The top five artists in each category were given awards in the 7th Annual Figures & Faces international online art exhibition. Below are the biographies and/or artist’s statements along with the artist’s websites or emails.
To contact these artists directly for purchase inquiries or to see more of their work, please visit the 7th Annual Figures & Faces Exhibition page for contact information.
Congratulations again to all the winners and thank you for sharing your talent with us.
Best in Show (Traditional) – Jon Laing – “Kalaheria” – oil on wood
Jon Laing is a portrait artist living and working in Brooklyn, NY. He started his art career as a caricaturist as a teenager working at Six Flags Great Adventure. Through his time there, drawing people all day every day, he developed a knack for lightning fast draftsmanship and capturing a person’s likeness. Now working as a realistic portrait artist, he aims to bring the energy and personality from his caricatures while injecting sensitivity and poignancy in to his paintings, taking pain staking efforts to capture emotive lighting and subtle color shifts.
Jon’s website is www.jonlaingart.com
Best in Show (Photography & Digital) – Brian Cann – “Shadow Play” – digital photography
He taught math at school and university. Studied photography. Stopped. Started again, motivated by early retirement and his wife. An early specialization in the studio slowly shifted to outside images. Portraits of athletes, many of them masters, morphed into figure studies and explorations in erotic and fetish photography, often with the same models: typically strong, fit, and older. His goal is to produce non-exploitative, authentic portraits that stay away from cliché and in which his models are co-creators, collaborators in a process.
His work has appeared in IoN magazine and ‘Mein heimliches Auge’ and others, and he has been featured in juried exhibitions in the USA, Scotland, Hungary, France, Montenegro, and Germany.
He is originally from the UK, now living in Germany, with his American wife and kids.
Brian’s website is www.briancann.com
Best in Show (3 Dimensional) – Jia Peng – “Portrait of Zhang Boju” – stone sculpture
Jia Peng is a Chinese artist who graduated from Yanshan University in 2005, and then traveled to Vienna, Florence and other places. He is a member of Baoding Artists Association and Chinese Sculpture Professional Committee.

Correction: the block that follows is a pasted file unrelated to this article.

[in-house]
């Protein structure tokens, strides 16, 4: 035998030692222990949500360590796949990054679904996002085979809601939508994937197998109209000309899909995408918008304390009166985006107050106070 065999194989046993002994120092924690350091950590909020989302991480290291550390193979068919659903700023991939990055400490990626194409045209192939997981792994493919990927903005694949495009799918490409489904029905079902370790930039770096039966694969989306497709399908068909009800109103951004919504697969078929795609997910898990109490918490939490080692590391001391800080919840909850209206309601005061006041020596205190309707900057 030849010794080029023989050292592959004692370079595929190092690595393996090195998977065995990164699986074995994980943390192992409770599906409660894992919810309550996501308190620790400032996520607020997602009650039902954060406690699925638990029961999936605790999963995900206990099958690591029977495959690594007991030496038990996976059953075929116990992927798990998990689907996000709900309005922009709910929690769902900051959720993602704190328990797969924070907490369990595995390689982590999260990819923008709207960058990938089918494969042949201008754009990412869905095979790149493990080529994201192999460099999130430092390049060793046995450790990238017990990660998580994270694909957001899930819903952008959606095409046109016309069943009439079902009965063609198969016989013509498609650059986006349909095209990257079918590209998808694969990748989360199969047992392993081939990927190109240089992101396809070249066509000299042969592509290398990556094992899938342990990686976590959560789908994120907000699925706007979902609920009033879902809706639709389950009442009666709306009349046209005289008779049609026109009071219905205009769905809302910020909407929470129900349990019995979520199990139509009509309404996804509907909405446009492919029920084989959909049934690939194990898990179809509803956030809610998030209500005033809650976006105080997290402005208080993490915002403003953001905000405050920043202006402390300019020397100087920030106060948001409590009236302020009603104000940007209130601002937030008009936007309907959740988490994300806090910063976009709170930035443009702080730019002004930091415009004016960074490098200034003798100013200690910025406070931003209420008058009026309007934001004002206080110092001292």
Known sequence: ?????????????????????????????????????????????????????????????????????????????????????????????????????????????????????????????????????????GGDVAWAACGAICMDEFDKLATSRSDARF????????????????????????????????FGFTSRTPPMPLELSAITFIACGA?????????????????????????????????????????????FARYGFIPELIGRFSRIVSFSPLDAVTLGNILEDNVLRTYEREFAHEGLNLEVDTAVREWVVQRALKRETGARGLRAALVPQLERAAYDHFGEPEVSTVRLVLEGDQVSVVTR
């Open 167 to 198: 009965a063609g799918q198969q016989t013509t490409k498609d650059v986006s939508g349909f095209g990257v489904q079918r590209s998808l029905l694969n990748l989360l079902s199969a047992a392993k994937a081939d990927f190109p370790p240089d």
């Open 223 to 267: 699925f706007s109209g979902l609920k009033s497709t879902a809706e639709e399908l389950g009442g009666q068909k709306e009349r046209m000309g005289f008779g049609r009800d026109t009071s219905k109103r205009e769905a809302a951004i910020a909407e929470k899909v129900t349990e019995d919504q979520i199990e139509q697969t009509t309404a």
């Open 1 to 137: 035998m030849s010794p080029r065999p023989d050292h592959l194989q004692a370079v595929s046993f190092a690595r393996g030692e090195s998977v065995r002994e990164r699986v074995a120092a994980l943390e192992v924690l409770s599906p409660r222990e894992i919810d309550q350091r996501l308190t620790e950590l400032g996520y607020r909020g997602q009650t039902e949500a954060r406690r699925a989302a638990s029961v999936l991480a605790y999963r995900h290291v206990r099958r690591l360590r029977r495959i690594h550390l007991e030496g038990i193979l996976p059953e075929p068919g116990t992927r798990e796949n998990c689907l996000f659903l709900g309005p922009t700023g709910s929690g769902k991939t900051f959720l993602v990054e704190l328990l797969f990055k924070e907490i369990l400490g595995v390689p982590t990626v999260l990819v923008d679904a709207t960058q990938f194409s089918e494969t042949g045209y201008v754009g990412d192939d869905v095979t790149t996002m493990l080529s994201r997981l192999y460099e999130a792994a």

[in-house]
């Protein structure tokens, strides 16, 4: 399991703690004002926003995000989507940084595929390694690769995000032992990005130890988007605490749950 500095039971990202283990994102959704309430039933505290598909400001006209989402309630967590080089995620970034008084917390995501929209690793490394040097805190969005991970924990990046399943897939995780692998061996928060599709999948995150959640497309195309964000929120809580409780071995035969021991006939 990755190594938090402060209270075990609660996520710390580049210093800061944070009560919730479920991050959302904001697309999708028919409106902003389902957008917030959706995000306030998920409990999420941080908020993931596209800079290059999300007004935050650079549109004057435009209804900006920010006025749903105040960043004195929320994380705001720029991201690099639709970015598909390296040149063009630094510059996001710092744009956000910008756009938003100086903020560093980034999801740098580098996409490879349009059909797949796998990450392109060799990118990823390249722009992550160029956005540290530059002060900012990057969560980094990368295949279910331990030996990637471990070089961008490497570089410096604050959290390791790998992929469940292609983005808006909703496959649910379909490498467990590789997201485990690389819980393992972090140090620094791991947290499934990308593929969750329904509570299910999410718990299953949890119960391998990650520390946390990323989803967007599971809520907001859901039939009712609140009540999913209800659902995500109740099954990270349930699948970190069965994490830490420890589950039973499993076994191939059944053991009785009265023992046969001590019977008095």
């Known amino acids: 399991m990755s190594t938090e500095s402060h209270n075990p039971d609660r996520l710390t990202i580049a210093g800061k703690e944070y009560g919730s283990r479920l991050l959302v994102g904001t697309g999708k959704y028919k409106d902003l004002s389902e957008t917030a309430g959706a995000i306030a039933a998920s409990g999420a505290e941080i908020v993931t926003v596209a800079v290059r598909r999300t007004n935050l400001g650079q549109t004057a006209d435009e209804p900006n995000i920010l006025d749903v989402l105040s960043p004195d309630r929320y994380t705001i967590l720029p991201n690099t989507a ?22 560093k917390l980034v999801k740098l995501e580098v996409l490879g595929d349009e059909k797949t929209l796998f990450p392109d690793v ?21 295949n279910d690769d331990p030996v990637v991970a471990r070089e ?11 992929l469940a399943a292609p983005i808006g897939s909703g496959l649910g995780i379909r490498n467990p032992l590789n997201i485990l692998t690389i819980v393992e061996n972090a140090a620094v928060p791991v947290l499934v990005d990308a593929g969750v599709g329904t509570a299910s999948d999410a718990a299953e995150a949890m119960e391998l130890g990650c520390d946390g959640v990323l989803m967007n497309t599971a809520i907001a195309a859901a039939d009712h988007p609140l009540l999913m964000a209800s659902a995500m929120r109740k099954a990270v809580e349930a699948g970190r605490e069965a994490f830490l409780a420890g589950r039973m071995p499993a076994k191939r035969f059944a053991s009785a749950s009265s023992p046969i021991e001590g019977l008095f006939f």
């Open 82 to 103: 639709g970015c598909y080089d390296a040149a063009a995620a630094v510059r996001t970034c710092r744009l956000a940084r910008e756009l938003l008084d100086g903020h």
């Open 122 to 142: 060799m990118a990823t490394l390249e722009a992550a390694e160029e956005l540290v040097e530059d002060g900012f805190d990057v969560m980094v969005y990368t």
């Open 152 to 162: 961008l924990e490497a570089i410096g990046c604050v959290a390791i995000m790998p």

Jia Peng specializes in realistic portrait sculptures. His representative works include the stone statue of Lebanese current President Michel Aoun, the bronze statue of Yang Jingren, the former vice chairman of the National Committee of the Chinese People’s Political Consultative Conference, and the statue of Bai Juyi in the memorial hall of Bai Juyi’s hometown.
He has participated in numerous international art exhibitions, including the Third Youth Art Exhibition of the Hebei Artists Association (the highest award), Beijing Youth Art Biennale, Spain from Seville to China: Velázquez Painting & Sculpture Competition, and the British Portrait Sculptor Association Annual Exhibition.
Jia Peng can be reached via his Email.
2nd Place (Traditional) – Linda McCord – “Yellow Gown” – acrylic on canvas
Artist Biography: Linda McCord lives in Washington state and works in her studio full time. Although she is a self-taught artist, her work has taken awards in numerous international competitions and has been published in several books. She is a signature member of California Watercolor Association, Northwest Watercolor Society, Georgia Watercolor Society, and International Acrylic Painters Society.
Artist Statement: I work in most of the two-dimensional mediums. Strong lighting is the thrust of my work. I prefer to build up many layers of transparent color to achieve depth and a glow to my paintings. Light and shadow, repetition of shapes and contrast are all an important part of my work. I love color, but value is more important to me.
Linda’s website is www.lindamccord.com
2nd Place (Photography & Digital) – Robert Bolla – “The Medicine Man” – digital photo painting on canvas
I have had a life-long interest in photography gathering skills via professional mentoring in methods of film photography and techniques. Although I am mainly a self-trained photographer, was mentored by professional photographers at a time when the medium was film, and the finished product came out of a darkroom using chemical techniques to change an image view. I have translated these skills to the world of digital photography and the use of post processing to emulate film types and darkroom methods as well as to incorporate painterly skills into my toolbox. During 30+ years as a of biology professor and research scientist, I used photomicrography, electron microscopy and photo image analysis to enhance biochemical, molecular and genetics in my research to answer biological questions about parasite-host interactions. My photographic interests are the relationship of science and the arts following my career in biology. This leads me to photographic interests in nature, flora and fauna and humans and human interactions showing the biology of living systems.